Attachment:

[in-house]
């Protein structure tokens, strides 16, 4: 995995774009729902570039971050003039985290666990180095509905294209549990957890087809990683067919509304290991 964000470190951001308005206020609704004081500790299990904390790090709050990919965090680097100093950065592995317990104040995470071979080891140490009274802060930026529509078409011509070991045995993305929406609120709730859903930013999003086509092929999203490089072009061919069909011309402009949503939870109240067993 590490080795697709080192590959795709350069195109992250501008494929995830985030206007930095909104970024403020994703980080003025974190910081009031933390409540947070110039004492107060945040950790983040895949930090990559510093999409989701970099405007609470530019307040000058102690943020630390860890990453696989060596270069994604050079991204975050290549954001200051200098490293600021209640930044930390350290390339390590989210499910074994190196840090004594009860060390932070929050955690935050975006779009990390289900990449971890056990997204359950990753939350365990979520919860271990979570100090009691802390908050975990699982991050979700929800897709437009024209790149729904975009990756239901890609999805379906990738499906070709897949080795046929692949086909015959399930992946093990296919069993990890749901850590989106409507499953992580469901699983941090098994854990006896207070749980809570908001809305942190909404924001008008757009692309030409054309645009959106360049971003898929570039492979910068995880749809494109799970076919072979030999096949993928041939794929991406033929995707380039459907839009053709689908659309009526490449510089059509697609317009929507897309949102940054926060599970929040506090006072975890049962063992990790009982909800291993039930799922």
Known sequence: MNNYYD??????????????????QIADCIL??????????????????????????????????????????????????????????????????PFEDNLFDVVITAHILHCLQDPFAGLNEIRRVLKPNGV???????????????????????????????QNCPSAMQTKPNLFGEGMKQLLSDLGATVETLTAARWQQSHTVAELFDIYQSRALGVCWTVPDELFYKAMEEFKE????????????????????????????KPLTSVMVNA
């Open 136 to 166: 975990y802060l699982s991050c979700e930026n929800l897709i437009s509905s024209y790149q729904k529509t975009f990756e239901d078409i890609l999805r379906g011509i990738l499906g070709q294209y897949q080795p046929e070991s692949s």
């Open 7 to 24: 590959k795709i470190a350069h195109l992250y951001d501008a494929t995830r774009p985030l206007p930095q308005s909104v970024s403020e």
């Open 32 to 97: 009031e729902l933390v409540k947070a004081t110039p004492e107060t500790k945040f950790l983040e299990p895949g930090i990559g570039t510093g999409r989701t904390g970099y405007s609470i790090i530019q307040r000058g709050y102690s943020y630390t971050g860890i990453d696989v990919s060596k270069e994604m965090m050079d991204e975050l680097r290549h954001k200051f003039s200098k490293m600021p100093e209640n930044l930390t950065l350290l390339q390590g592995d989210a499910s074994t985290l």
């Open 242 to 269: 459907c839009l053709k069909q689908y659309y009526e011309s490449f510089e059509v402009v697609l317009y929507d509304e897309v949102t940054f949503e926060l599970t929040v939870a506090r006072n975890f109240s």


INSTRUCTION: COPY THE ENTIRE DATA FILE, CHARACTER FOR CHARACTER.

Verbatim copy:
[in-house]
């Protein structure tokens, strides 16, 4: 995995774009729902570039971050003039985290666990180095509905294209549990957890087809990683067919509304290991 964000470190951001308005206020609704004081500790299990904390790090709050990919965090680097100093950065592995317990104040995470071979080891140490009274802060930026529509078409011509070991045995993305929406609120709730859903930013999003086509092929999203490089072009061919069909011309402009949503939870109240067993 590490080795697709080192590959795709350069195109992250501008494929995830985030206007930095909104970024403020994703980080003025974190910081009031933390409540947070110039004492107060945040950790983040895949930090990559510093999409989701970099405007609470530019307040000058102690943020630390860890990453696989060596270069994604050079991204975050290549954001200051200098490293600021209640930044930390350290390339390590989210499910074994190196840090004594009860060390932070929050955690935050975006779009990390289900990449971890056990997204359950990753939350365990979520919860271990979570100090009691802390908050975990699982991050979700929800897709437009024209790149729904975009990756239901890609999805379906990738499906070709897949080795046929692949086909015959399930992946093990296919069993990890749901850590989106409507499953992580469901699983941090098994854990006896207070749980809570908001809305942190909404924001008008757009692309030409054309645009959106360049971003898929570039492979910068995880749809494109799970076919072979030999096949993928041939794929991406033929995707380039459907839009053709689908659309009526490449510089059509697609317009929507897309949102940054926060599970929040506090006072975890049962063992990790009982909800291993039930799922």
Known sequence: MNNYYD??????????????????QIADCIL??????????????????????????????????????????????????????????????????PFEDNLFDVVITAHILHCLQDPFAGLNEIRRVLKPNGV???????????????????????????????QNCPSAMQTKPNLFGEGMKQLLSDLGATVETLTAARWQQSHTVAELFDIYQSRALGVCWTVPDELFYKAMEEFKE????????????????????????????KPLTSVMVNA
């Open 136 to 166: 975990y802060l699982s991050c979700e930026n929800l897709i437009s509905s024209y790149q729904k529509t975009f990756e239901d078409i890609l999805r379906g011509i990738l499906g070709q294209y897949q080795p046929e070991s692949s």
């Open 7 to 24: 590959k795709i470190a350069h195109l992250y951001d501008a494929t995830r774009p985030l206007p930095q308005s909104v970024s403020e």
């Open 32 to 97: 009031e729902l933390v409540k947070a004081t110039p004492e107060t500790k945040f950790l983040e299990p895949g930090i990559g570039t510093g999409r989701t904390g970099y405007s609470i790090i530019q307040r000058g709050y102690s943020y630390t971050g860890i990453d696989v990919s060596k270069e994604m965090m050079d991204e975050l680097r290549h954001k200051f003039s200098k490293m600021p100093e209640n930044l930390t950065l350290l390339q390590g592995d989210a499910s074994t985290l």
């Open 242 to 269: 459907c839009l053709k069909q689908y659309y009526e011309s490449f510089e059509v402009v697609l317009y929507d509304e897309v949102t940054f949503e926060l599970t929040v939870a506090r006072n975890f109240s």